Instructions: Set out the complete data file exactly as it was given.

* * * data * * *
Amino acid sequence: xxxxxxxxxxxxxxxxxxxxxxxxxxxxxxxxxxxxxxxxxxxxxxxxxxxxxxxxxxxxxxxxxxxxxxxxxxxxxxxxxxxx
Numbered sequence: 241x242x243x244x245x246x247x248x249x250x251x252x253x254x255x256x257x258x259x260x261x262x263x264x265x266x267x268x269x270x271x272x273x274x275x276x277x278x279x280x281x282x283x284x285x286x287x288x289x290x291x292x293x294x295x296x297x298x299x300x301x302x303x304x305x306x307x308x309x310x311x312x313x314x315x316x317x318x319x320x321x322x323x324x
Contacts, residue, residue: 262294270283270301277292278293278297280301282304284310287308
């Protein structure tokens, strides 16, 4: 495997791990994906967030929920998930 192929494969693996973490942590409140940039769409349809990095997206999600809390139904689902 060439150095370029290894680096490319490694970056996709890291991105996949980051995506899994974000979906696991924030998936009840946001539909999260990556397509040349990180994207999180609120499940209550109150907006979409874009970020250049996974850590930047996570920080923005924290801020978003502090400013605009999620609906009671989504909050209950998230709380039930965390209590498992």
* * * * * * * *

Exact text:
Amino acid sequence: xxxxxxxxxxxxxxxxxxxxxxxxxxxxxxxxxxxxxxxxxxxxxxxxxxxxxxxxxxxxxxxxxxxxxxxxxxxxxxxxxxxx
Numbered sequence: 241x242x243x244x245x246x247x248x249x250x251x252x253x254x255x256x257x258x259x260x261x262x263x264x265x266x267x268x269x270x271x272x273x274x275x276x277x278x279x280x281x282x283x284x285x286x287x288x289x290x291x292x293x294x295x296x297x298x299x300x301x302x303x304x305x306x307x308x309x310x311x312x313x314x315x316x317x318x319x320x321x322x323x324x
Contacts, residue, residue: 262294270283270301277292278293278297280301282304284310287308
């Protein structure tokens, strides 16, 4: 495997791990994906967030929920998930 192929494969693996973490942590409140940039769409349809990095997206999600809390139904689902 060439150095370029290894680096490319490694970056996709890291991105996949980051995506899994974000979906696991924030998936009840946001539909999260990556397509040349990180994207999180609120499940209550109150907006979409874009970020250049996974850590930047996570920080923005924290801020978003502090400013605009999620609906009671989504909050209950998230709380039930965390209590498992």